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Oct 9, 2006 09:07 PM

Le Creuset - How to tell what size?

I know this may be a strange questions, but how can I tell what size my LC pieces are? I bought a collection of pots several years ago, but forgot what the actual sizes are. The lids are numbered, so I'm guessing that there's some sort of decoder ring. I have a huge pot that has a #34 on it. It's the big mamma pot that I load up when I have lots of people over. I think it's a 13qt pot, and heavy as heck. I'm trying to get the next size or two down from that one.

Lastly does anyone have the bouillabaisse pot? I have a large one and a small one. I use it for soup. Because of the shape, it's not that good for a roast. What else do you use it for?

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  1. I was just wondering that myself yesterday - mine has a #28 on the bottom.

    1. You've got some BIG pots. To measure the size of your pots, the easiest way is to fill up a measuring container with water and see how much they hold.
      Beside soups, the bouillabaisse pot is good for cooking beans, stews, and anything requiring long slow cooking. The small surface area of the bottom makes it more difficult for browning large amount of food.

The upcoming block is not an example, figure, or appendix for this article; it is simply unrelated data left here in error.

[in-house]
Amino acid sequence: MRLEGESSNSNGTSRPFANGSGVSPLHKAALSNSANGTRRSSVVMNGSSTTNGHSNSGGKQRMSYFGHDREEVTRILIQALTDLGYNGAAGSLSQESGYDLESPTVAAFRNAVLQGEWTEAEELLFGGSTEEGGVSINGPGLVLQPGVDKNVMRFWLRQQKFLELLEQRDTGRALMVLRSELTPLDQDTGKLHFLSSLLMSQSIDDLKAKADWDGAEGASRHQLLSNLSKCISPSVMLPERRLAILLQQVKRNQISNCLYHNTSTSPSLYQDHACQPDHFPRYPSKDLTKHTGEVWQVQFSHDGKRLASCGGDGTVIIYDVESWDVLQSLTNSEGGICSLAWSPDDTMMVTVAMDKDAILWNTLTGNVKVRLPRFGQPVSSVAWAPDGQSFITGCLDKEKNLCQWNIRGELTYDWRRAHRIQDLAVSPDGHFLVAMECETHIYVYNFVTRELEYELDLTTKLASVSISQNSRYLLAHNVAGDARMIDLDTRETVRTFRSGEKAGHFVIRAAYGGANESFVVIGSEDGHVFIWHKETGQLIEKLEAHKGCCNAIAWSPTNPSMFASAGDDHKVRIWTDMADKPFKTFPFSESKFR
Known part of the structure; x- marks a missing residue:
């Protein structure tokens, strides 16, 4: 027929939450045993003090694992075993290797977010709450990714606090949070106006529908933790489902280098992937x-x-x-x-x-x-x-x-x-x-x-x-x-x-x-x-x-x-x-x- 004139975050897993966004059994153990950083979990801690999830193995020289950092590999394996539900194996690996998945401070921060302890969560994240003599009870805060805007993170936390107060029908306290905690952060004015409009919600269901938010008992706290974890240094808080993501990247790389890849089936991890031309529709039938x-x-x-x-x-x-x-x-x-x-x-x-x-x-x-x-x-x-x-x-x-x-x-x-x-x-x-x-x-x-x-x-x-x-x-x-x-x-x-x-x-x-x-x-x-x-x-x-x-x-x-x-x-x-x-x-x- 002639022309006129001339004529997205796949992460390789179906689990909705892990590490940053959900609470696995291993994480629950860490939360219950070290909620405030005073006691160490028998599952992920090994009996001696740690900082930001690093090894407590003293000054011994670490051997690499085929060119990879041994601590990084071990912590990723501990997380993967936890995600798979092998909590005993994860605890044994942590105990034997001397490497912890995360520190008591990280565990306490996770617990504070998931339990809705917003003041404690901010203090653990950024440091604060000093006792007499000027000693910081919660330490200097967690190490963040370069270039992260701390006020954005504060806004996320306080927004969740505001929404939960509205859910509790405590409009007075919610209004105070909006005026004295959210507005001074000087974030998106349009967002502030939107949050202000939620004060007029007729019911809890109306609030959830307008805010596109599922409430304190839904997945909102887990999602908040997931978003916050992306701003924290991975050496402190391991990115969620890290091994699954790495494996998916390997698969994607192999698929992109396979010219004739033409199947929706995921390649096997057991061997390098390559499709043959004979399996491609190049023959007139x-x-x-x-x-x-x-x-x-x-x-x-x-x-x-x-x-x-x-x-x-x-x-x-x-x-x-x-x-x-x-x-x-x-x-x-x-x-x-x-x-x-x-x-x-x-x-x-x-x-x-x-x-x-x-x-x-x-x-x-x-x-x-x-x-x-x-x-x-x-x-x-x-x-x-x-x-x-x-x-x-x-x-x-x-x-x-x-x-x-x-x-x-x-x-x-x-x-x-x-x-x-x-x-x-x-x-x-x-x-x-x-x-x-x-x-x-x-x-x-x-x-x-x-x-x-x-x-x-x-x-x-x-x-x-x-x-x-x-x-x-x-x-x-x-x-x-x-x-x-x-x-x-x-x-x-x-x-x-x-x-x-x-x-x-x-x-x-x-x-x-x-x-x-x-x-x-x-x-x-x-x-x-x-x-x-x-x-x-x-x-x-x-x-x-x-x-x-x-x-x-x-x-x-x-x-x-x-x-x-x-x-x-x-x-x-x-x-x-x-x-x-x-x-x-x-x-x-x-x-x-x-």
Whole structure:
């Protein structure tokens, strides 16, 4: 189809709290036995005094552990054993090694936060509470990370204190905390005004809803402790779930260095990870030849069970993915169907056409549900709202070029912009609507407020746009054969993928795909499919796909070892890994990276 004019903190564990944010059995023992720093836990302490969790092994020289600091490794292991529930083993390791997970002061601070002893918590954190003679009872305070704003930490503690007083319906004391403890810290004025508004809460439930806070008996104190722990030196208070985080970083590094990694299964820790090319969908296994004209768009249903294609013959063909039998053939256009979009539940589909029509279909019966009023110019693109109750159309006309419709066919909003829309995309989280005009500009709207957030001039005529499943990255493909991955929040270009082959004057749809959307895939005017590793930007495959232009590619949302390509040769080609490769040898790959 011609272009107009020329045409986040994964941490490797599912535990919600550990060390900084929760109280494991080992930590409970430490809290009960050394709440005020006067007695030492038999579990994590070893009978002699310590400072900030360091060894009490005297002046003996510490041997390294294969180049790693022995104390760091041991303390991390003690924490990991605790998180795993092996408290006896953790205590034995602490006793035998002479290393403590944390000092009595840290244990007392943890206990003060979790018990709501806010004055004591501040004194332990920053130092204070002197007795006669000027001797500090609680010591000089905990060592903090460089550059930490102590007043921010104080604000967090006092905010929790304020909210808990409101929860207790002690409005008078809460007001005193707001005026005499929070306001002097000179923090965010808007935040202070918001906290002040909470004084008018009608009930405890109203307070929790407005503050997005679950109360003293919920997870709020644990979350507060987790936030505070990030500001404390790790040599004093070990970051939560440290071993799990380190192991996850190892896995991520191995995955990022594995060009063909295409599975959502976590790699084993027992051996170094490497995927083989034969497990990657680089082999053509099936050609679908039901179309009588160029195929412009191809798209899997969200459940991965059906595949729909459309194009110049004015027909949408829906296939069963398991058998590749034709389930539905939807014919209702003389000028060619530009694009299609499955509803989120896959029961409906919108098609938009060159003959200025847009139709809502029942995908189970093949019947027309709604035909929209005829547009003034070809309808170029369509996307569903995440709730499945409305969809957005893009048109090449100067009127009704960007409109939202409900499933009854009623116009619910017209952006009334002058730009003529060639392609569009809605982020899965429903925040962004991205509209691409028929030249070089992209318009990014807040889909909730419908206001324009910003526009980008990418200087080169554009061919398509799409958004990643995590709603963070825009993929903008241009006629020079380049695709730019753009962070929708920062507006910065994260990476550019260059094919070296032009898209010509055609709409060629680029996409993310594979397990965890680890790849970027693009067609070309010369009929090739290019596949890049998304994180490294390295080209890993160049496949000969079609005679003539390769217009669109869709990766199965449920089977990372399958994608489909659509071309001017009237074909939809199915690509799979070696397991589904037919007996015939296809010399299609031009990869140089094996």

1. I have the same problem. I periodically have to take whichever one I'm curious about, place it next to the sink, and fill it up with water using a 4-cup (1-qt) measuring cup. It's a pain, but it works. You do have to wonder why they don't mark them more clearly. Alternatively, for the round ovens at least and I suppose for the ovals as well depending on how well you remember your solid geometry, you could calculate the volume using the standard formula and do the conversion, but that makes my head hurt.

        1. Could it be that it corresponds to the last two digits of the model number? For instance, this one is a 9-1/2 qt. and has a #35 on the end of the model number.

          1. PBSF has it right about measuring volumes. You can calculate it. That number is the inside diameter of the pan in centimeters. 24 is about 9 1/2 inches and holds 4 1/2 quarts or 4.2 liters. If you have older pans, that corresponds to E.
            A 28 is 6.7 liters or 7 1/4 quarts and corresponds to a G in the old labeling. The newer pans have the labeling on the underside of the lids.